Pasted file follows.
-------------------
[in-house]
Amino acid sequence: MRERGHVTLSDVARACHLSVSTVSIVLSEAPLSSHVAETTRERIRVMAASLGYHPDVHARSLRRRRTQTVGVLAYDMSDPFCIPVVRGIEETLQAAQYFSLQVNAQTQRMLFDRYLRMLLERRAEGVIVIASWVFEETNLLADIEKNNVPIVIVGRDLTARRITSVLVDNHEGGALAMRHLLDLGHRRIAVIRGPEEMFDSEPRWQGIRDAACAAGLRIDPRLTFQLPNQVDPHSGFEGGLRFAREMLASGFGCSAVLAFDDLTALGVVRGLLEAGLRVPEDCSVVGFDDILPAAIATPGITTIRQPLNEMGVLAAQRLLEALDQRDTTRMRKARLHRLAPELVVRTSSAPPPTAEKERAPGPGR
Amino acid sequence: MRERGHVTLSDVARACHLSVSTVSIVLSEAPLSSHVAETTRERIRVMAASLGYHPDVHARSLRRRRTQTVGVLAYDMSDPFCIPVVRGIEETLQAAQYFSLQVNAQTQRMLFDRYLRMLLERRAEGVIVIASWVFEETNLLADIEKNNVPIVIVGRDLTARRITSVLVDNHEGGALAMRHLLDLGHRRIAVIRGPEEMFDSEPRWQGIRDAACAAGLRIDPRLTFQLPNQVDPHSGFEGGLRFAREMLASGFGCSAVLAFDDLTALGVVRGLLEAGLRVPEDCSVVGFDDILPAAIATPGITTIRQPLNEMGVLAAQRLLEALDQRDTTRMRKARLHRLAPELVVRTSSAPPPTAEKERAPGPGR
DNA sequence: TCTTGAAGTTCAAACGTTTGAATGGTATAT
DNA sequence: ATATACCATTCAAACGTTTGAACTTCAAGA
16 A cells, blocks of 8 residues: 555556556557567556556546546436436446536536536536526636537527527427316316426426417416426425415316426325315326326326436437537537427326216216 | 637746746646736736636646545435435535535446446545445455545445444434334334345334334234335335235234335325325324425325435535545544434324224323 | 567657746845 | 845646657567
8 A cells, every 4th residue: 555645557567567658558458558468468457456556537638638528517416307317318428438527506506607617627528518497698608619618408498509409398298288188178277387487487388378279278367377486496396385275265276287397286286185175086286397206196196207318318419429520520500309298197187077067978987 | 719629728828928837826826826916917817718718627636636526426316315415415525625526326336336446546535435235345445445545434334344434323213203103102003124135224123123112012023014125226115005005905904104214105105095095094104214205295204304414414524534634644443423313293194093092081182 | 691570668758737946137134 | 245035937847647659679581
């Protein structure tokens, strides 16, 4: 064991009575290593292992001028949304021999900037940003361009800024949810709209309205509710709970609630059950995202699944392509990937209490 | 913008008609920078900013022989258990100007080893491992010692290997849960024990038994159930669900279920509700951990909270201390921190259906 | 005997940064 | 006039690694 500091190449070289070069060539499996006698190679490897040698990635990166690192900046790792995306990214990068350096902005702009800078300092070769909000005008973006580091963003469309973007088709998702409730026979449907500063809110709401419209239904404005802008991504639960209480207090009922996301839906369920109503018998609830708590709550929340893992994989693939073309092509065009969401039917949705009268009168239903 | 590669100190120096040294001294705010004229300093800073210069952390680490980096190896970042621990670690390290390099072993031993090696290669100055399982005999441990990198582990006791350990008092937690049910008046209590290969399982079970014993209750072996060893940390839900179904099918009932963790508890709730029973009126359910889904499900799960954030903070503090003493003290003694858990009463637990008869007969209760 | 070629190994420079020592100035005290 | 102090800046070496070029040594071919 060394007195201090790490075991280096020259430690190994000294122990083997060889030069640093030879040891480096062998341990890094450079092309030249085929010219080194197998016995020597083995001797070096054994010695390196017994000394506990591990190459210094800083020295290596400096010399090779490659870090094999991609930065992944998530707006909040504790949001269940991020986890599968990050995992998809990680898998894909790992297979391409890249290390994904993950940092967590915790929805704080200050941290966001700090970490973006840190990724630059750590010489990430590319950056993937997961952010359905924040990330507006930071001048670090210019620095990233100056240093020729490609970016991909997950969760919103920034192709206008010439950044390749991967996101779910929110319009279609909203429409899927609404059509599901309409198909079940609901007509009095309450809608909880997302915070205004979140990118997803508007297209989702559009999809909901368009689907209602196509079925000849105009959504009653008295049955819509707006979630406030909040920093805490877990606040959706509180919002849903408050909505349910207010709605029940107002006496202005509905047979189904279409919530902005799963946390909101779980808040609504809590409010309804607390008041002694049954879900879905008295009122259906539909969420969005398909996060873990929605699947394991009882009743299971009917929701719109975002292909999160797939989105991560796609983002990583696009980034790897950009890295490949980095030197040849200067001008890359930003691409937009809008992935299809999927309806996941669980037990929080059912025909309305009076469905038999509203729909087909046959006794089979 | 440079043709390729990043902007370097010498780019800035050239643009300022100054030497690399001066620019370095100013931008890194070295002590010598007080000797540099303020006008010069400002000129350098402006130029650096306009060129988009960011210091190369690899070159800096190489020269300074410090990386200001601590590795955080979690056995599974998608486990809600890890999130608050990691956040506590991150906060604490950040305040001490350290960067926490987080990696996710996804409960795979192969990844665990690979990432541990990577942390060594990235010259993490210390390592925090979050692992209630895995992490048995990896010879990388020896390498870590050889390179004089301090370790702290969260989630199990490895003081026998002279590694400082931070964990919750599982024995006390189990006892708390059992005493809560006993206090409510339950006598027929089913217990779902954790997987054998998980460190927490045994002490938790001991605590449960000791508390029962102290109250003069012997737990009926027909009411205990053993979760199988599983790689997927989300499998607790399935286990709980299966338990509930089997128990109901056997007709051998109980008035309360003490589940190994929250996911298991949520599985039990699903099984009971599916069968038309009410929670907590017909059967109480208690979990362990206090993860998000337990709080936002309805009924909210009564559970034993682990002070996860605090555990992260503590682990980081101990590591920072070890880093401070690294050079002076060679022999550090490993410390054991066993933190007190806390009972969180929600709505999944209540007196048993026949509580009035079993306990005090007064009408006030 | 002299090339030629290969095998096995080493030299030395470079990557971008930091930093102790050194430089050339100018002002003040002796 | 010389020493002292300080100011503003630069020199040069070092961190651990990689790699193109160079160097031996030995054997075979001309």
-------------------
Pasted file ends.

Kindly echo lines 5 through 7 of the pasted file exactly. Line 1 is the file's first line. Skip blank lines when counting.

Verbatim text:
DNA sequence: ATATACCATTCAAACGTTTGAACTTCAAGA
16 A cells, blocks of 8 residues: 555556556557567556556546546436436446536536536536526636537527527427316316426426417416426425415316426325315326326326436437537537427326216216 | 637746746646736736636646545435435535535446446545445455545445444434334334345334334234335335235234335325325324425325435535545544434324224323 | 567657746845 | 845646657567
8 A cells, every 4th residue: 555645557567567658558458558468468457456556537638638528517416307317318428438527506506607617627528518497698608619618408498509409398298288188178277387487487388378279278367377486496396385275265276287397286286185175086286397206196196207318318419429520520500309298197187077067978987 | 719629728828928837826826826916917817718718627636636526426316315415415525625526326336336446546535435235345445445545434334344434323213203103102003124135224123123112012023014125226115005005905904104214105105095095094104214205295204304414414524534634644443423313293194093092081182 | 691570668758737946137134 | 245035937847647659679581